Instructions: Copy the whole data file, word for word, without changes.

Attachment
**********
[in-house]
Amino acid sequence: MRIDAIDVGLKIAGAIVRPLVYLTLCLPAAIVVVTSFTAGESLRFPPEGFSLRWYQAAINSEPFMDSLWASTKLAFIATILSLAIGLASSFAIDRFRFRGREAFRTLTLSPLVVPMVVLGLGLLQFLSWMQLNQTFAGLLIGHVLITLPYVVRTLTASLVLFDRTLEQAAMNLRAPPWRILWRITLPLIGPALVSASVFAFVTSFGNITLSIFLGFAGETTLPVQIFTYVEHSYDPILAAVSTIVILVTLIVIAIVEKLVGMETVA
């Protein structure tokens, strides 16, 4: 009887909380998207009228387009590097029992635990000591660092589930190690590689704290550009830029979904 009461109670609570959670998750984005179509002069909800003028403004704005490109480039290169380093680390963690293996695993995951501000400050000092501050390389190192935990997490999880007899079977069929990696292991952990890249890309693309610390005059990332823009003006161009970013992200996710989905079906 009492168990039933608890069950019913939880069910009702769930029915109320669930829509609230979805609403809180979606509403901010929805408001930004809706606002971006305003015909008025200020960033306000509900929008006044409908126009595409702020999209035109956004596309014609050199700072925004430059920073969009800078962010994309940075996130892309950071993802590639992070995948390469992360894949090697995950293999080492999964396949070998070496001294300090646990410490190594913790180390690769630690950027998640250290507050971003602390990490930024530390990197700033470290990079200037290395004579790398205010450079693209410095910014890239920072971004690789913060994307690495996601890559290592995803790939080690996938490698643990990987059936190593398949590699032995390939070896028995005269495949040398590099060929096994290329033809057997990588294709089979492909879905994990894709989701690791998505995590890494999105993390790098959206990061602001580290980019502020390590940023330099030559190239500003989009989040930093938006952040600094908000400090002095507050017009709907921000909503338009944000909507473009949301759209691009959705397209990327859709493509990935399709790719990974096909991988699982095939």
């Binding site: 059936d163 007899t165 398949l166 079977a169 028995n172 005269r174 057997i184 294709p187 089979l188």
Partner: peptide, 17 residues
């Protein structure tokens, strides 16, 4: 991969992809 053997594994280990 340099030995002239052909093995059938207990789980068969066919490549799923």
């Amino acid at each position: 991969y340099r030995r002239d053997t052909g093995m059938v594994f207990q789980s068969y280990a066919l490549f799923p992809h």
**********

[in-house]
Amino acid sequence: MRIDAIDVGLKIAGAIVRPLVYLTLCLPAAIVVVTSFTAGESLRFPPEGFSLRWYQAAINSEPFMDSLWASTKLAFIATILSLAIGLASSFAIDRFRFRGREAFRTLTLSPLVVPMVVLGLGLLQFLSWMQLNQTFAGLLIGHVLITLPYVVRTLTASLVLFDRTLEQAAMNLRAPPWRILWRITLPLIGPALVSASVFAFVTSFGNITLSIFLGFAGETTLPVQIFTYVEHSYDPILAAVSTIVILVTLIVIAIVEKLVGMETVA
């Protein structure tokens, strides 16, 4: 009887909380998207009228387009590097029992635990000591660092589930190690590689704290550009830029979904 009461109670609570959670998750984005179509002069909800003028403004704005490109480039290169380093680390963690293996695993995951501000400050000092501050390389190192935990997490999880007899079977069929990696292991952990890249890309693309610390005059990332823009003006161009970013992200996710989905079906 009492168990039933608890069950019913939880069910009702769930029915109320669930829509609230979805609403809180979606509403901010929805408001930004809706606002971006305003015909008025200020960033306000509900929008006044409908126009595409702020999209035109956004596309014609050199700072925004430059920073969009800078962010994309940075996130892309950071993802590639992070995948390469992360894949090697995950293999080492999964396949070998070496001294300090646990410490190594913790180390690769630690950027998640250290507050971003602390990490930024530390990197700033470290990079200037290395004579790398205010450079693209410095910014890239920072971004690789913060994307690495996601890559290592995803790939080690996938490698643990990987059936190593398949590699032995390939070896028995005269495949040398590099060929096994290329033809057997990588294709089979492909879905994990894709989701690791998505995590890494999105993390790098959206990061602001580290980019502020390590940023330099030559190239500003989009989040930093938006952040600094908000400090002095507050017009709907921000909503338009944000909507473009949301759209691009959705397209990327859709493509990935399709790719990974096909991988699982095939």
């Binding site: 059936d163 007899t165 398949l166 079977a169 028995n172 005269r174 057997i184 294709p187 089979l188």
Partner: peptide, 17 residues
């Protein structure tokens, strides 16, 4: 991969992809 053997594994280990 340099030995002239052909093995059938207990789980068969066919490549799923």
């Amino acid at each position: 991969y340099r030995r002239d053997t052909g093995m059938v594994f207990q789980s068969y280990a066919l490549f799923p992809h």